Whitney toured extensively last year, selling out many shows and making appearances at Pitchfork Music Festival and Outside Lands. After taking the briefest of breaks, they’ll be back on the road in less than two weeks. Another tour with multiple international and US dates is highlighted by an appearance at Coachella.

Those located in Philly can see Whitney play at Union Transfer on May 22. Tickets go on sale today at noon. 

-Mike Still

Top 10 concerts to see in January

There’s plenty of concert options for everyone coming up next month. Take a look and make your pick:

Lettuce/Tauk at the TLA on January 5th

Run the Jewels at Electric Factory on January 11th

JC Brooks at Kennett Flash on January 13th

Justin Townes Earl at Ardmore Music Hall on January 13th

Grouplove/Phantogram at Xfinity Live! on January 15th

The Lemon Twigs at Underground Arts on January 19th

The Marcus King Band at World Cafe Live Philadelphia on January 20th

Steve Gunn at PhilaMOCA on January 21st

Phox at World Cafe Live Philadelphia on January 26th

Rubblebucket at Union Transfer on January 28th

-Mike Still

San Fermin’s Allen Tate flies solo before a hometown crowd at World Cafe Live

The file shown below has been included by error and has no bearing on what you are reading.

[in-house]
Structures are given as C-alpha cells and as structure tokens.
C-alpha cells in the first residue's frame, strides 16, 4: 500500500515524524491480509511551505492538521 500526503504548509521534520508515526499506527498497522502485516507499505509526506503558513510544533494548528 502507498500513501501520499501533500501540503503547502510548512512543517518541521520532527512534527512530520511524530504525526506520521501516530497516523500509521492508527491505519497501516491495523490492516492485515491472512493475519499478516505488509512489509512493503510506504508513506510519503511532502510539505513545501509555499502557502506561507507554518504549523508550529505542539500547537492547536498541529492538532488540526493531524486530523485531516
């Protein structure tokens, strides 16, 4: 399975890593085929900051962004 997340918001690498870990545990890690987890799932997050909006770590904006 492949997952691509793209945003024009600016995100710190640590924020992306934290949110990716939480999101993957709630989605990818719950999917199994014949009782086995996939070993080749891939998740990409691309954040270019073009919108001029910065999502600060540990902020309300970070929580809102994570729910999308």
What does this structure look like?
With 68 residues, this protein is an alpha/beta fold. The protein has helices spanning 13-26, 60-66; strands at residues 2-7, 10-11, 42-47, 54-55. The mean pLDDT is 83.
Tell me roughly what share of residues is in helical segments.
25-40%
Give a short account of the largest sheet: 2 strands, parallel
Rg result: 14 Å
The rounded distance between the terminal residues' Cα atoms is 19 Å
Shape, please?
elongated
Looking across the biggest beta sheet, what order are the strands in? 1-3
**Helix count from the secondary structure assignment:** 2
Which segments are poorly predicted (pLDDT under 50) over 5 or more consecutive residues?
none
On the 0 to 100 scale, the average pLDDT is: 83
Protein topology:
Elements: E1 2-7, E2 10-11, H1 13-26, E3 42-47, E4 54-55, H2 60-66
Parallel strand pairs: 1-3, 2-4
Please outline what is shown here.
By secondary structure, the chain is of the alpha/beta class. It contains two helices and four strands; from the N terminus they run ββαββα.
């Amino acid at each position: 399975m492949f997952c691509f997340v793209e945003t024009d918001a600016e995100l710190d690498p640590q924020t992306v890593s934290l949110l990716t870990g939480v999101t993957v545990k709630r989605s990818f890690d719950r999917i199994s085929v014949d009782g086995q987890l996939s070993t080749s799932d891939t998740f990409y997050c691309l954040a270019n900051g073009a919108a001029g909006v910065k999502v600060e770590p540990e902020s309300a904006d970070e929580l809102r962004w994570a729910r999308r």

After playing the first song of his set at World Cafe Live in Philadelphia on Friday night, Allen Tate took a moment to address the small crowd gathered before him.

“I think I know everyone here,” he joked, triggering a chorus of light laughter through the room.

Most days, Tate – a Philadelphia area native – is the lead singer of Brooklyn-based indie rockers San Fermin. That job has helped him become comfortable singing before festival-sized crowds. This time, however, Tate alone was the main attraction as he played songs off his new solo record to an assembly made up mostly of family and friends.

Tate’s debut – Sleepwalker – was released in October. Since then he has only tested out his songs in a live setting a handful of times. It was appropriate then that he let these tunes grow and explore before a familiar audience.